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Restaurant Consultant Resume Samples
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years in workforce
years at this job
Business Administration And Finance
Senior Restaurant Consultant
- Analyzed potential restaurant locations and themes, comparing other successful restaurants in the area
- Interviewed and trained initial staff members, to streamline restaurant efficiency
- Programmed PC America Point of Sales system to incorporate both restaurant and retail functions allowing the business to capitalize on both markets
- Created restaurant menu selections and price points, analyzing costs and revenues to cover projected expenses
- Forecasted revenues and expenses for first 12 months of operations, identifying required capital reserves and time until breakeven
- Continually meet and discuss future restaurant plans with equity holders and lending institution
- Established initial inventory for both menu and beverage items through multiple distributors and purveyors
years in workforce
years at this job
- Restaurant Openings, Restructures, Budgeting and Brokering.
- Restaurant kitchen design.
- Employee hiring, training and manuals.
- Lead PPX Hospitality's New England Initiative.
- Menu engineering and design.
- Marketing, social media, web search optimization.
years in workforce
Bar & Restaurant Consultant
- Create a cocktail program that matches the restaurant's authentic Italian cuisine by using previous bar experience and my recent time spent in Italy
- Set-up of social media accounts and help with menu and restaurant design
- Help with hiring quality employees to help the new business succeed
years in workforce
months at this job
Associate of Science
- Cost containment budgeting for food and labor
- Brought restaurants up to health code
- Menu creation
- Trained staff
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Restaurant Consultant Resume Success Stories
Restaurant Consultant Duties and Responsibilities
While a restaurant consultant's day-to-day activities depend on their clients and where they work, there are several core tasks associated with this role. Based on our analysis of job listings, these include:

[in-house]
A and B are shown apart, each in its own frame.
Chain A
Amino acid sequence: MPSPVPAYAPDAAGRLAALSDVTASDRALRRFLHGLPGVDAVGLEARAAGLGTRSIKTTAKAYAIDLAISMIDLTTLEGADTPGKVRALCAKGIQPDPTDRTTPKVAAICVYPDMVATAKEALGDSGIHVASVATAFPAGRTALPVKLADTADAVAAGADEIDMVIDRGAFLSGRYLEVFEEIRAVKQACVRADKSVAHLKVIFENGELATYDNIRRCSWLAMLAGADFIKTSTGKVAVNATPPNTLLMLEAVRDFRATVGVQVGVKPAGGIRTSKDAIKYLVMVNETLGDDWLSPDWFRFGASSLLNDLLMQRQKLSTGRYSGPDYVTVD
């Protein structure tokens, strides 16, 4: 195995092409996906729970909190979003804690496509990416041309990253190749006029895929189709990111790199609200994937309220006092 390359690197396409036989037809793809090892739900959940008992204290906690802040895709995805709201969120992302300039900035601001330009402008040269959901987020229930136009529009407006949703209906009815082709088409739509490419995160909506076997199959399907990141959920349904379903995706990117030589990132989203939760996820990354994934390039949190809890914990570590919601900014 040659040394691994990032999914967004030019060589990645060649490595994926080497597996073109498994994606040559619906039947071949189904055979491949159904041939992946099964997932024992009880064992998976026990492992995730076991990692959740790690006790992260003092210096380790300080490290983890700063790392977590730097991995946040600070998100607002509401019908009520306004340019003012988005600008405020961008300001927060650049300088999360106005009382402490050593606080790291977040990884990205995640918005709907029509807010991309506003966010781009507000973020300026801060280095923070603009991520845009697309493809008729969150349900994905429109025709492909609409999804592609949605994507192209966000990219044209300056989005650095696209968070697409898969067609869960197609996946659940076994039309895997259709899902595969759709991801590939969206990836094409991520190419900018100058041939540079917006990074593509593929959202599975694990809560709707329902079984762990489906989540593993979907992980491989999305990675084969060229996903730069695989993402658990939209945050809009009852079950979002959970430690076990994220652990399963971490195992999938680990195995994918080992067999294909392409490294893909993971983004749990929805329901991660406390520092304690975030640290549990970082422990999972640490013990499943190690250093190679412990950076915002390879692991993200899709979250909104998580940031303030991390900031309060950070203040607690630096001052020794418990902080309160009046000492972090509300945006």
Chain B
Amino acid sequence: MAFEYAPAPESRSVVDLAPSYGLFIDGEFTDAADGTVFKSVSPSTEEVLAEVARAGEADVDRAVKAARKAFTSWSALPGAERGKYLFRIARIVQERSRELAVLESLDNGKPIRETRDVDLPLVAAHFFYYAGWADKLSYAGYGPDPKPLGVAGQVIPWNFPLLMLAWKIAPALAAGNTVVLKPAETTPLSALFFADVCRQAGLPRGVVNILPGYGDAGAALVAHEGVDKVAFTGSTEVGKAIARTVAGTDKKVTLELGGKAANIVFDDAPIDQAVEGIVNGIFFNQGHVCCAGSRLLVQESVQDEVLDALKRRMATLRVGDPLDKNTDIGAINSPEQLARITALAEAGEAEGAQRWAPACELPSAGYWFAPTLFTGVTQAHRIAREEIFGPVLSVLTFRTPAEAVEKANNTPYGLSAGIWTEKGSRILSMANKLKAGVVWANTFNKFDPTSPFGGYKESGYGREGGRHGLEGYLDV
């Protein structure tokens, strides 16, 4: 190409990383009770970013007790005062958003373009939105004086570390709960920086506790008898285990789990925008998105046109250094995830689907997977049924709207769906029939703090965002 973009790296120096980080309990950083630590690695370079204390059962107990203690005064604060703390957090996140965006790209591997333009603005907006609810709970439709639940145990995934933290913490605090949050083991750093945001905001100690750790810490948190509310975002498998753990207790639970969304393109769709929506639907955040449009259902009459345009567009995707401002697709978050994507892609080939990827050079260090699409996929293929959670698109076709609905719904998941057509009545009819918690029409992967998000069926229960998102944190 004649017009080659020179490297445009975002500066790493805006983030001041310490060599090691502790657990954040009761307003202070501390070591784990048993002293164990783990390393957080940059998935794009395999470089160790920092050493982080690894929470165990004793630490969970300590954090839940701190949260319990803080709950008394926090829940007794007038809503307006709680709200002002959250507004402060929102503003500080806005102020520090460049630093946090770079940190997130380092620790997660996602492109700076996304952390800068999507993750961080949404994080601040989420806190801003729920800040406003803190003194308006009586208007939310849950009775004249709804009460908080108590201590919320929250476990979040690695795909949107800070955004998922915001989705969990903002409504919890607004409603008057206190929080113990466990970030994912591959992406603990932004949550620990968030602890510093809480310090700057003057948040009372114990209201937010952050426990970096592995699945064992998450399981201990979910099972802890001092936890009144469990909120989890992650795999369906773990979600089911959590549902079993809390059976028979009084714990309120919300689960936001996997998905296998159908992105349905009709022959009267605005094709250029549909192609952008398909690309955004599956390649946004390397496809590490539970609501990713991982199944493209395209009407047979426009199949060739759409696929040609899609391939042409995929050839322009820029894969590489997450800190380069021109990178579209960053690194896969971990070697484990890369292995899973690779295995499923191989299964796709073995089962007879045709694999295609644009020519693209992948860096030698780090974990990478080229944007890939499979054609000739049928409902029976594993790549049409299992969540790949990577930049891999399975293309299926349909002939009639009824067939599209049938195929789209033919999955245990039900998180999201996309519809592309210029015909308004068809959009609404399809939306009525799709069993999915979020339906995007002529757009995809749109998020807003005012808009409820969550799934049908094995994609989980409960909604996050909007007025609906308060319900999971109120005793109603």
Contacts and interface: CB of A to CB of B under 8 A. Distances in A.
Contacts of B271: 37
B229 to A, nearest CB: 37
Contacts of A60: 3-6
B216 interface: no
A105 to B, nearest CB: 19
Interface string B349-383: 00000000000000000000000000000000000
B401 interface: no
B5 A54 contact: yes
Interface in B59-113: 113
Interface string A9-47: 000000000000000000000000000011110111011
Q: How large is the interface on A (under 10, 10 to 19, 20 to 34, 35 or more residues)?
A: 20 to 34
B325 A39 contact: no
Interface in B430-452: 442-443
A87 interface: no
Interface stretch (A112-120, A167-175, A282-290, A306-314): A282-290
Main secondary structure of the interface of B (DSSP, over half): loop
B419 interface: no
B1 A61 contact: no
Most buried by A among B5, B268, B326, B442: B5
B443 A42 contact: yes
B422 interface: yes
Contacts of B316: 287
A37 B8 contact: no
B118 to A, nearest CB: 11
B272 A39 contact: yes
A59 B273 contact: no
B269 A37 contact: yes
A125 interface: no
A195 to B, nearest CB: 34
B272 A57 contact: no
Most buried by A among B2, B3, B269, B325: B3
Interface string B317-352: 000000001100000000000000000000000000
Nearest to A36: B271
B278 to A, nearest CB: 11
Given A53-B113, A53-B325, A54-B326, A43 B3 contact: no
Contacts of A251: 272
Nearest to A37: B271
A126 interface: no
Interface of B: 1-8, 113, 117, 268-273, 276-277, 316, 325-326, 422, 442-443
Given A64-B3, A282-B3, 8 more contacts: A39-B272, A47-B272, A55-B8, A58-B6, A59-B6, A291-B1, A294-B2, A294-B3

Develop Business Strategies Restaurant consultants initially conduct in-depth observations of restaurant clients and engage in market research, taking note of competitors and target demographics. This gives them the background knowledge needed to develop business strategies, which they convey through detailed, multipage reports that include analysis and forecasting as well as concept development.
Recommend Menu Selections Once they establish an agreement with owners on the desired branding, restaurant consultants move on to menu curation. When recommending menu selections, they consider various criteria such as marketability, ease of presentation, production cost, quality and authenticity, and price points.
Optimize Management It's the job of restaurant consultants to assess the operations of a restaurant and provide solutions to increase efficiency and drive down costs. Part of the process is preparing sales and profit projections, usually covering up to a year ahead, and setting strategic budgets. They may also help with marketing and social media and suggest software tools.
Evaluate Restaurant Design A major priority for restaurants is a well-designed kitchen that's conducive to efficient food preparation. Restaurant consultants evaluate the kitchen layout and assist with selecting equipment and fulfilling requirements for electrical and plumbing systems. In addition to this, they inspect service areas for cleanliness, aesthetics, and ambience.
Improve Hiring and Training Clients may call on restaurant consultants to improve their employee hiring and training process, especially when following new business strategies. Restaurant consultants can streamline any step of the hiring process, from crafting precise job descriptions to interviewing. On a larger scale, they may reshape company culture through training programs.
Restaurant Consultant Skills and QualificationsRestaurant consultants combine business acumen with a knack for restaurant operations. Although they work independently, they are good communicators who thoroughly understand client requirements. Employers look for restaurant consultants with experience, industry training, and the following skills: